Water Purification in the Dominican Republic

September 11, 2012

Sarah Harrington ’13 and Chase Waldeck ’13
Chase Waldeck ’13 and Sarah Harrington ’13 walk to a Dominican Village to conduct water chemistry research. Photo by Professor of Chemistry Pedro Bernal.


The water Sarah Harrington ’13 sips as she walks across campus on route to her next class has never tasted so good. Two weeks after returning from a student-faculty research trip to the Dominican Republic (DR), the chemistry major is still acutely aware of how lucky she is to have a seemingly unlimited supply of clean drinking water at her fingertips. Not everyone is so lucky.

Access to clean drinking water doesn’t come so easily in places like the DR, where rural water supplies can be tainted with e-coli. This summer, Harrington, Chase Waldeck ’13, and Professor of Chemistry Pedro Bernal spent two-week in the DR testing water filters to gauge their ability to filter out e-coli, a bacteria known to cause severe diarrhea and subsequent dehydration.

As part of the Student-Faculty Collaborative Scholarship Program, the team kicked off the project by studying raw sewage collected from a Winter Park water treatment plant. “They first needed to learn the techniques they were going to use in the field so we could hit the ground running in the DR,” said Bernal, who has been distributing water filters in the DR since 1998. During that time, the Dominican native has given away approximately 15,000 filters in rural communities.

Water purification is important work. According to the United Nations, lack of access to drinking water kills more children worldwide than AIDS, malaria, and measles combined. In 2010, the UN’s General Assembly declared access to clean water and sanitation an essential human right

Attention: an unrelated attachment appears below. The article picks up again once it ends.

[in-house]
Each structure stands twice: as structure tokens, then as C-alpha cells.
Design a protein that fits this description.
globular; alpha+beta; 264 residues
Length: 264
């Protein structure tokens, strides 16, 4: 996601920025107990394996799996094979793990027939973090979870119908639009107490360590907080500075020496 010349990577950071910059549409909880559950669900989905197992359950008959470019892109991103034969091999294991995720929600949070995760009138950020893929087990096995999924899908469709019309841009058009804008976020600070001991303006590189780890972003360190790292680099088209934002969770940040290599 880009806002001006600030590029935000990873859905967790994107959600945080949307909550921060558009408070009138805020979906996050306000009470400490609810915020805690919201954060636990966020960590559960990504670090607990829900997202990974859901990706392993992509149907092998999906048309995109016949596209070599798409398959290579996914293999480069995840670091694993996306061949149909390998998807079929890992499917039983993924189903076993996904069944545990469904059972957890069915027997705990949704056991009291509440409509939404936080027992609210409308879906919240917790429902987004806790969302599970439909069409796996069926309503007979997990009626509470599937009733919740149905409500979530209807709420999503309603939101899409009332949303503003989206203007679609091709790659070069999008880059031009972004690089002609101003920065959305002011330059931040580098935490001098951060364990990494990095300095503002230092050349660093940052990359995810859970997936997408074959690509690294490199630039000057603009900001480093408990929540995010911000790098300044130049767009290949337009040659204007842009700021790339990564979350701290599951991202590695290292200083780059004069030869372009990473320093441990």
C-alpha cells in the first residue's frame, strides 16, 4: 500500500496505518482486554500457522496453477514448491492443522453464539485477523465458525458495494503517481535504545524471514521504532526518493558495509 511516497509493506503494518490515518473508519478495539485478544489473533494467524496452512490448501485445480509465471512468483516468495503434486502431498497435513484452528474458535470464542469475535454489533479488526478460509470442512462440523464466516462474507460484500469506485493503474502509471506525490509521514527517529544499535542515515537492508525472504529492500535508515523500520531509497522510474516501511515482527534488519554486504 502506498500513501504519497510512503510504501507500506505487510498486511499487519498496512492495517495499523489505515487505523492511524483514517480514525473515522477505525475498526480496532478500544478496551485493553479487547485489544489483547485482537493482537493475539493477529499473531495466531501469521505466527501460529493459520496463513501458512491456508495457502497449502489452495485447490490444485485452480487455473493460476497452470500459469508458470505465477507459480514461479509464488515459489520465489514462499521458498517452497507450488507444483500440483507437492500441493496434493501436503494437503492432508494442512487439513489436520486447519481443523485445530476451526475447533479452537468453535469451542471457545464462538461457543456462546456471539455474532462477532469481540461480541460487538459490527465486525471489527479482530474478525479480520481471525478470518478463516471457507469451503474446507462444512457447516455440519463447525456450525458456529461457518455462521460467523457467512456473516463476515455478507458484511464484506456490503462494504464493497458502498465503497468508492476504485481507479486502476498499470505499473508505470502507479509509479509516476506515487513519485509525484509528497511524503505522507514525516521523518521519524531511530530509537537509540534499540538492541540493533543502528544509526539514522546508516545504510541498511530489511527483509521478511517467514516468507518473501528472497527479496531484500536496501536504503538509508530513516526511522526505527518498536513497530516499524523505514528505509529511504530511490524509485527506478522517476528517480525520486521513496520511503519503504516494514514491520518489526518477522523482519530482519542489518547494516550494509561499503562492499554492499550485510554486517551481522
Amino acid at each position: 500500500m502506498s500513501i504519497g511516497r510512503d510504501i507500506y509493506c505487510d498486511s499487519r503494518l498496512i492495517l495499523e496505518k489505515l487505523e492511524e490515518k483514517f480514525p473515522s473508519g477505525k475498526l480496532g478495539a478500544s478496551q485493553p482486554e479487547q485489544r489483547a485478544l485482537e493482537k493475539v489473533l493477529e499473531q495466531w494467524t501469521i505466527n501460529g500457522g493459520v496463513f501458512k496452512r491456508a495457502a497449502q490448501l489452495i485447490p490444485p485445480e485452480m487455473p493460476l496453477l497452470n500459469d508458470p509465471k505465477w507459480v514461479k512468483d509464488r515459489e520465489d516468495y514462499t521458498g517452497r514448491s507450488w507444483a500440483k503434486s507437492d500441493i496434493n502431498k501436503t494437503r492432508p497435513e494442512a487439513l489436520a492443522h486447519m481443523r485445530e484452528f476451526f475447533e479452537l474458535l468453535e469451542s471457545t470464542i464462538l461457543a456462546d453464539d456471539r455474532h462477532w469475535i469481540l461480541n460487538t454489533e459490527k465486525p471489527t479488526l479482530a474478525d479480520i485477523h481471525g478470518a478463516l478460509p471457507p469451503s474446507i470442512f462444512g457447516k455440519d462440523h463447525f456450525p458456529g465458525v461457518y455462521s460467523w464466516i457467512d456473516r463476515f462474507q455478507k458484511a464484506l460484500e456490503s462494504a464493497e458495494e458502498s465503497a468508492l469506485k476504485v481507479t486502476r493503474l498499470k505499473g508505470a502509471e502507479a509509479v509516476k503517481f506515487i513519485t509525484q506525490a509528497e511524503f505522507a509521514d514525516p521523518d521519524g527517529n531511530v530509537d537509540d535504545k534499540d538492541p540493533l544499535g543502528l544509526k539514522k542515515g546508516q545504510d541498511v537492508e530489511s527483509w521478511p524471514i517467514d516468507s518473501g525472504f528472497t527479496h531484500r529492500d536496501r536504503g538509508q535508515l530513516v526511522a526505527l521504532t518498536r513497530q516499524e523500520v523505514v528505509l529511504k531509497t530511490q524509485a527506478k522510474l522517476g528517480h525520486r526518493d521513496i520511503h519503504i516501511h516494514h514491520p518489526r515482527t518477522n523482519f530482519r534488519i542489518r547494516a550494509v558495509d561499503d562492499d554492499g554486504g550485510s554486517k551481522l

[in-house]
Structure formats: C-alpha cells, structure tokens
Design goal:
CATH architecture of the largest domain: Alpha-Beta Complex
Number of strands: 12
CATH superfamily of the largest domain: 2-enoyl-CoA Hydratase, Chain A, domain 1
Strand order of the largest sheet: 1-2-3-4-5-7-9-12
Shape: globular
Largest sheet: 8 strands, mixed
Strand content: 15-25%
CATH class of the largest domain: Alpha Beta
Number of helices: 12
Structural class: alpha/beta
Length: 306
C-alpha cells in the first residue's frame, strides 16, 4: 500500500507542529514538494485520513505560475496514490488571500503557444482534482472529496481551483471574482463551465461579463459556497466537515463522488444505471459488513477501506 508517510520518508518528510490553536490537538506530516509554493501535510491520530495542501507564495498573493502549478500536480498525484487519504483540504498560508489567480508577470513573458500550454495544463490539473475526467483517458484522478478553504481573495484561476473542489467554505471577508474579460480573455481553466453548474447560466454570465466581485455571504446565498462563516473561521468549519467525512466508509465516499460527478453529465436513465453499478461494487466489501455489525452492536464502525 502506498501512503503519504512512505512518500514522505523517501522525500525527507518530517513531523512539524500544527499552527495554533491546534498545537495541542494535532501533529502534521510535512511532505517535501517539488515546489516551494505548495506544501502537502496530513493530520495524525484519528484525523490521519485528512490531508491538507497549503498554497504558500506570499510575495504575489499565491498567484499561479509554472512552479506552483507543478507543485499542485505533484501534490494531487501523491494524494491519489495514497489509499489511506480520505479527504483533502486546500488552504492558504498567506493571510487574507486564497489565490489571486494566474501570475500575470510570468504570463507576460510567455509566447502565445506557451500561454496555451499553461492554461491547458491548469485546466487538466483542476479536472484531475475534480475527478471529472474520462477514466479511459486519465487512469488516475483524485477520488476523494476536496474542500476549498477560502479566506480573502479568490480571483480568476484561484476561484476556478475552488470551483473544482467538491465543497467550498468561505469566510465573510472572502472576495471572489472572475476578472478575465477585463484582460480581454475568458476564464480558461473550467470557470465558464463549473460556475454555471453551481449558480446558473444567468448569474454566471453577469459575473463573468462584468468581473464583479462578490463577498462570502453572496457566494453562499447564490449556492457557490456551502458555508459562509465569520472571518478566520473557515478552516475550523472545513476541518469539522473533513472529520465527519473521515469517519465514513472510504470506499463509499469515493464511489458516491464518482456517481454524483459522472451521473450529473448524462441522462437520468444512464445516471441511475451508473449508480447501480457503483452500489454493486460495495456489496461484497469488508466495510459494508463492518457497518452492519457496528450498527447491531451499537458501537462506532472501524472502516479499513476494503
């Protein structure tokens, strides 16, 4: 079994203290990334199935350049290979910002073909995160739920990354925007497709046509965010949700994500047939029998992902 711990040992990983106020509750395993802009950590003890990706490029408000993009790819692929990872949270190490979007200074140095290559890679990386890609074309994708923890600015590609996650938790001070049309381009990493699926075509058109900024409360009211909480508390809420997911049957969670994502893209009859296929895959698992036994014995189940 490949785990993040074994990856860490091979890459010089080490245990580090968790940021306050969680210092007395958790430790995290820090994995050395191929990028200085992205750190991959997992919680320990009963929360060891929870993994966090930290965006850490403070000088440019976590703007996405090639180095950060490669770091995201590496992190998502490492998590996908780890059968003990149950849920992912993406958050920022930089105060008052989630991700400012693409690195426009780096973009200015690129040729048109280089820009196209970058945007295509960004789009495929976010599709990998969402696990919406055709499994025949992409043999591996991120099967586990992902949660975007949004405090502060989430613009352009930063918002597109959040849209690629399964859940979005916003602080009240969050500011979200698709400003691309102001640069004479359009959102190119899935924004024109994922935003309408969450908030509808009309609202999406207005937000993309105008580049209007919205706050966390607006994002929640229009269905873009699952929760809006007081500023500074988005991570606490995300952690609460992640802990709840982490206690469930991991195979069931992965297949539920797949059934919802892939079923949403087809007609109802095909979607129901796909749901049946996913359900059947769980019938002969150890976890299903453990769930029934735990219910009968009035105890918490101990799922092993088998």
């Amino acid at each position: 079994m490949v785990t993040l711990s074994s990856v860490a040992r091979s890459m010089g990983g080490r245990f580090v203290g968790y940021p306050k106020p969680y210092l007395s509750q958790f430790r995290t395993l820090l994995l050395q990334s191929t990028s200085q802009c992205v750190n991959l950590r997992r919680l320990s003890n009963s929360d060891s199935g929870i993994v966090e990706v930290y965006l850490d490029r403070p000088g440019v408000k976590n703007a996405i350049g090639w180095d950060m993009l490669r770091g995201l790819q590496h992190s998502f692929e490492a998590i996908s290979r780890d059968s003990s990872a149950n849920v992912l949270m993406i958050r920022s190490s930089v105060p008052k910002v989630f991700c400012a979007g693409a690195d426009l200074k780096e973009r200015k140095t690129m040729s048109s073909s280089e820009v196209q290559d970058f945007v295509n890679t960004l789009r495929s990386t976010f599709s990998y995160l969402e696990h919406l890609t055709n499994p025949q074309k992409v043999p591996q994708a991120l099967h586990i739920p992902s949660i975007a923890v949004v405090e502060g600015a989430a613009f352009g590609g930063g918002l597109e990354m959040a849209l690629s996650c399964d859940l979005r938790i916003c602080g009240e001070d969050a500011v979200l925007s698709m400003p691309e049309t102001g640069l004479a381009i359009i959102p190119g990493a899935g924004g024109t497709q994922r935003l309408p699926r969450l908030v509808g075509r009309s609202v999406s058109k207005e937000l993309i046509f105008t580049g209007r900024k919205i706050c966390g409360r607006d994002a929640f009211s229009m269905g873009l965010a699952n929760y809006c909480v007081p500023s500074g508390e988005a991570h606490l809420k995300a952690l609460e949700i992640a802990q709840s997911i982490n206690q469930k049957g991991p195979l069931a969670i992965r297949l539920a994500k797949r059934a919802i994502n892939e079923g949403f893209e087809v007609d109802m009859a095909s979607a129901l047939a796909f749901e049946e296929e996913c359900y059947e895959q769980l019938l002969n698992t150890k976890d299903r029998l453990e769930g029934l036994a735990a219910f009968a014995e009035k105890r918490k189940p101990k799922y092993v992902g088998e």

After studying the effectiveness of the filters, the team then traveled to the DR to check if the water produced by the filters was fit for human consumption. . “The reliability of municipal water treatment decreases considerably as you get away from urban centers,” Bernal said.

Over the course of their study, the team found a lot of e-coli bacteria in places where people didn’t take care of their filters. By performing chemical and microbiological tests on water samples collected from a rural community located about 20 minutes from Santiago, the team was able to determine if the filters were doing their job.

Dominican Repubic Research Trip
The filtration unit inside a Dominican kitchen. Photo by Chase Waldeck ’13.

“We visited families that weren’t using the filtration unit properly and you could tell just by looking at the them how unhealthy they were. But for the most part, the e-coli was very low when the filters were used properly,” Waldeck said.

Over the last 15 years, Bernal has led annual student trips to the DR for water purification and community building projects. “This is now part of my life and I have been able to dedicate time and resources to this in ways that if I were at other institutions it would be harder to do,” Bernal said. “I feel incredibly grateful to have something that essentially gives a direction to my life and activities.”

Bernal and his students have yet to form a full picture of the data since the analysis is still ongoing; however, they concluded that education is key to the effectiveness of the filters. “We need to spend more time on the ground to give people the education and the incentives to use them better,” Bernal said.

Besides a new appreciation for clean water, Harrington also walked away from the experience inspired by the intersection of science and service. “Seeing such a potentially harmful problem be alleviated by a simple design and basic education left me with the strong desire to continue working in this area,” said Harrington, who joined a service trip to the DR in 2011. “If anything, this experience only reinforced my desire to help people in rural communities provide basic necessities for themselves.”


By Kristen Manieri

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